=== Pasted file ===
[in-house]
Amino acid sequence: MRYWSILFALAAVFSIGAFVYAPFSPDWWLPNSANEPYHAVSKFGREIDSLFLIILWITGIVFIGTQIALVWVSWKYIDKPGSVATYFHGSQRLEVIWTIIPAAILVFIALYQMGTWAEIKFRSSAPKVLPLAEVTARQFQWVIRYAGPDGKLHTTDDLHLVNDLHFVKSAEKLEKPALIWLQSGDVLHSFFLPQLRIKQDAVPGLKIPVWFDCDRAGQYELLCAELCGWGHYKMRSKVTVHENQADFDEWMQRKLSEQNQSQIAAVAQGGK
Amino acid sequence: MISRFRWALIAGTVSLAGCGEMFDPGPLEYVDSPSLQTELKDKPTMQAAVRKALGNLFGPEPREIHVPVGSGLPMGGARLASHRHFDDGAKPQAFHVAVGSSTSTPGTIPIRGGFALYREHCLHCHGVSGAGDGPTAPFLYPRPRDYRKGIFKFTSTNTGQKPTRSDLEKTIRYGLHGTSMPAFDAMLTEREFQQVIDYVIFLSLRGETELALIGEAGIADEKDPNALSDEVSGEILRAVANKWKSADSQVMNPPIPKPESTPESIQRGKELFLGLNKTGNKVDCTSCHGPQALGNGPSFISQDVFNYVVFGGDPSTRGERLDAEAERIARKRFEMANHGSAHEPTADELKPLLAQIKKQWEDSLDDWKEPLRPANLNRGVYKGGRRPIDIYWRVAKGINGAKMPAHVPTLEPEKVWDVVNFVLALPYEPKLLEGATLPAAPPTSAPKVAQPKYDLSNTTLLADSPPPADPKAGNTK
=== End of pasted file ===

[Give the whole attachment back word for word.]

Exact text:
[in-house]
Amino acid sequence: MRYWSILFALAAVFSIGAFVYAPFSPDWWLPNSANEPYHAVSKFGREIDSLFLIILWITGIVFIGTQIALVWVSWKYIDKPGSVATYFHGSQRLEVIWTIIPAAILVFIALYQMGTWAEIKFRSSAPKVLPLAEVTARQFQWVIRYAGPDGKLHTTDDLHLVNDLHFVKSAEKLEKPALIWLQSGDVLHSFFLPQLRIKQDAVPGLKIPVWFDCDRAGQYELLCAELCGWGHYKMRSKVTVHENQADFDEWMQRKLSEQNQSQIAAVAQGGK
Amino acid sequence: MISRFRWALIAGTVSLAGCGEMFDPGPLEYVDSPSLQTELKDKPTMQAAVRKALGNLFGPEPREIHVPVGSGLPMGGARLASHRHFDDGAKPQAFHVAVGSSTSTPGTIPIRGGFALYREHCLHCHGVSGAGDGPTAPFLYPRPRDYRKGIFKFTSTNTGQKPTRSDLEKTIRYGLHGTSMPAFDAMLTEREFQQVIDYVIFLSLRGETELALIGEAGIADEKDPNALSDEVSGEILRAVANKWKSADSQVMNPPIPKPESTPESIQRGKELFLGLNKTGNKVDCTSCHGPQALGNGPSFISQDVFNYVVFGGDPSTRGERLDAEAERIARKRFEMANHGSAHEPTADELKPLLAQIKKQWEDSLDDWKEPLRPANLNRGVYKGGRRPIDIYWRVAKGINGAKMPAHVPTLEPEKVWDVVNFVLALPYEPKLLEGATLPAAPPTSAPKVAQPKYDLSNTTLLADSPPPADPKAGNTK